2012 POGO-PML Shipboard Training Fellowship onboard AMT cruise

General Information

16 Sep 2012 to 21 Dec 2012

The AMT22 cruise set sail from Southampton in the UK on 10 October 2012 and arrived in Punta Arenas, Chile on 24 November 2012. The principal scientist was Glen Tarran from Plymouth Marine Laboratory

The cruise took measurements by autonomous instrumentation in parallel with the ship observations.
A NASA overflight took place during the cruise, with which the data from AMT was used to provide important validation. The aim of the flight was to increase the capability of the airborne High Spectral Resolution Lidar in relation to ocean ecosystems, air-sea gas exchange and ocean-aerosol interactions. The flight was used to improve the functionality of the Research Scanning Polarimeter which measures the properties of aerosols and clouds. Argo floats from the Met Office and Villefrance were also deployed and gliders from Rutgers University followed similar cruise tracks.

Priority areas

What is offered

The selected candidate had the opportunity to:

- Visit Plymouth Marine Laboratory (PML) in the UK, for one month prior to the start of the cruise to participate in cruise preparation and planning;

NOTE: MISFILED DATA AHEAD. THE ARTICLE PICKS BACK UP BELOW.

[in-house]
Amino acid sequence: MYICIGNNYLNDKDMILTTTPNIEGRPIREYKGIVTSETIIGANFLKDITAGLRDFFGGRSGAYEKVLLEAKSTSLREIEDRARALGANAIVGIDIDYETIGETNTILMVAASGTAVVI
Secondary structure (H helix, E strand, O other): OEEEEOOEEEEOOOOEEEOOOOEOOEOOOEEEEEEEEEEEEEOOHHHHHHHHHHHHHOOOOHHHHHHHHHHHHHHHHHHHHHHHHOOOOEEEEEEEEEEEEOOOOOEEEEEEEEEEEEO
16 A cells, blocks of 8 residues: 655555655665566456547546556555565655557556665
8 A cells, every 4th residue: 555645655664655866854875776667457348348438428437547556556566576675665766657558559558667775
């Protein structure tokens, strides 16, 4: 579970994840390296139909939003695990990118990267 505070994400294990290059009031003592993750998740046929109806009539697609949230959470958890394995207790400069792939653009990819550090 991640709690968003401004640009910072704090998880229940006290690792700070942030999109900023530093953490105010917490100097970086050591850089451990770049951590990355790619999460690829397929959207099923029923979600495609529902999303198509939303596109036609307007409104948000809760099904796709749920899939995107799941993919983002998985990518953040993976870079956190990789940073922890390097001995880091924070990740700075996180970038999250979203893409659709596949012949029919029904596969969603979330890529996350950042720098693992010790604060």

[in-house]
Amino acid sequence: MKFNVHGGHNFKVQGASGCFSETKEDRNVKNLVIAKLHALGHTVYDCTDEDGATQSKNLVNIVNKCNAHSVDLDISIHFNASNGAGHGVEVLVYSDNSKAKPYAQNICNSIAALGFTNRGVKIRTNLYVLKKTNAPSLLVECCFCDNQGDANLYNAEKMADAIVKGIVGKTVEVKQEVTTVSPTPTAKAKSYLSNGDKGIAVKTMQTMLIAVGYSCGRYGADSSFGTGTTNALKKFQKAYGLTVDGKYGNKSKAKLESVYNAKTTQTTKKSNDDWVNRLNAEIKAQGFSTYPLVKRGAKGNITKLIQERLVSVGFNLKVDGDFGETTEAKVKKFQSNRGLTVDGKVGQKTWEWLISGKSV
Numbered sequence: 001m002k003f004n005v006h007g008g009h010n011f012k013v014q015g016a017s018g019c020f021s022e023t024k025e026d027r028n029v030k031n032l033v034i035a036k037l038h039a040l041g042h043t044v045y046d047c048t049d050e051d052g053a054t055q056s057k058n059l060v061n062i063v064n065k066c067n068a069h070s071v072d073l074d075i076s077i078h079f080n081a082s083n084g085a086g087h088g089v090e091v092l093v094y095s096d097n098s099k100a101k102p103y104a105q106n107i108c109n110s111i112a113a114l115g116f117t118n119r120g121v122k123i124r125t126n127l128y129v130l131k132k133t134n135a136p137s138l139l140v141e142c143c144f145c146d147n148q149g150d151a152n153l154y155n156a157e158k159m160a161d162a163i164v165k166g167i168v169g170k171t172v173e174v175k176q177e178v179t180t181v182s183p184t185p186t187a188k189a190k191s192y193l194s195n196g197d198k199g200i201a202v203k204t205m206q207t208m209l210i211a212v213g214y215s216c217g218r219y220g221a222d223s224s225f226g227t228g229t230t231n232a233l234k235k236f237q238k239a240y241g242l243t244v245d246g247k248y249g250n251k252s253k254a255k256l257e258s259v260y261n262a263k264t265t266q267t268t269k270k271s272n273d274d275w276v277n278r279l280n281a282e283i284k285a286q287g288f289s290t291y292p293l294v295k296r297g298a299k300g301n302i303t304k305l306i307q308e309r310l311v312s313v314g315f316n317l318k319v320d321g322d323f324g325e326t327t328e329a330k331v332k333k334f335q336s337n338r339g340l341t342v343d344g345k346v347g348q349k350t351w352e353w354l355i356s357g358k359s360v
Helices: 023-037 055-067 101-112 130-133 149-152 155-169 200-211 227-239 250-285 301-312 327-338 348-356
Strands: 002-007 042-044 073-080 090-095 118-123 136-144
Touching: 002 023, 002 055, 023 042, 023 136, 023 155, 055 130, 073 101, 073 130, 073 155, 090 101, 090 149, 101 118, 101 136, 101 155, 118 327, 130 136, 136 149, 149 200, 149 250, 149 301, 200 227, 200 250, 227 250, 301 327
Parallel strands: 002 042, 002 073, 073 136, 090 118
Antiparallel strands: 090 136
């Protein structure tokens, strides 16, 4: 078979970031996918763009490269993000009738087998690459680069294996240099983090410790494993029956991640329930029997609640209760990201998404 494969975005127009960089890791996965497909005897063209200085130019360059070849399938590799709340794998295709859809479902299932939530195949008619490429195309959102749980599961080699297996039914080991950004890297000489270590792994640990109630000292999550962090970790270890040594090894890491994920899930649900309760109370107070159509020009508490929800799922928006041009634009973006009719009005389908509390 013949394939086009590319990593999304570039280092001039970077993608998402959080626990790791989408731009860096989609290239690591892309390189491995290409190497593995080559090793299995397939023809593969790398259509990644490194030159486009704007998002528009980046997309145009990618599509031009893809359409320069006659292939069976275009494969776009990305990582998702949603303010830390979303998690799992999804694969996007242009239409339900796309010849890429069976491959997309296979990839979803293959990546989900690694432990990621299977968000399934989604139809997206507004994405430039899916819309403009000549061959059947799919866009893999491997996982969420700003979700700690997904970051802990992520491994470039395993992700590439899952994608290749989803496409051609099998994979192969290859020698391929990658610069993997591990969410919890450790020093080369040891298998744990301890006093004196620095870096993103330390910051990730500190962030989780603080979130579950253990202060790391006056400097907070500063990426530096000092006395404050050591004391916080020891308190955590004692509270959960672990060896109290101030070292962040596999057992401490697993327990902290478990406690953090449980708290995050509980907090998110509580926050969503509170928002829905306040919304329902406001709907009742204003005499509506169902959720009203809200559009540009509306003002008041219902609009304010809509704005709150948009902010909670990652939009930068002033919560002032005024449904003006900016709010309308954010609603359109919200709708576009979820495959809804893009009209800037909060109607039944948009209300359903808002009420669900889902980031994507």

- Go on the cruise and help make hydrological, bio-optical and/or ecological observations; and

- After the cruise, spend approximately one additional month at PML, learning to analyse the results statistically and interpret them.


Who can apply

This fellowship program was open to early scientists, technicians, postgraduate students (PhD or MSc) and Post-doctoral Fellows involved in oceanographic work at centres in developing countries and countries with economies in transition.

How to apply

Applications are closed for this fellowship.

Review process

Applications are closed for this fellowship.


Applications are closed for this fellowship.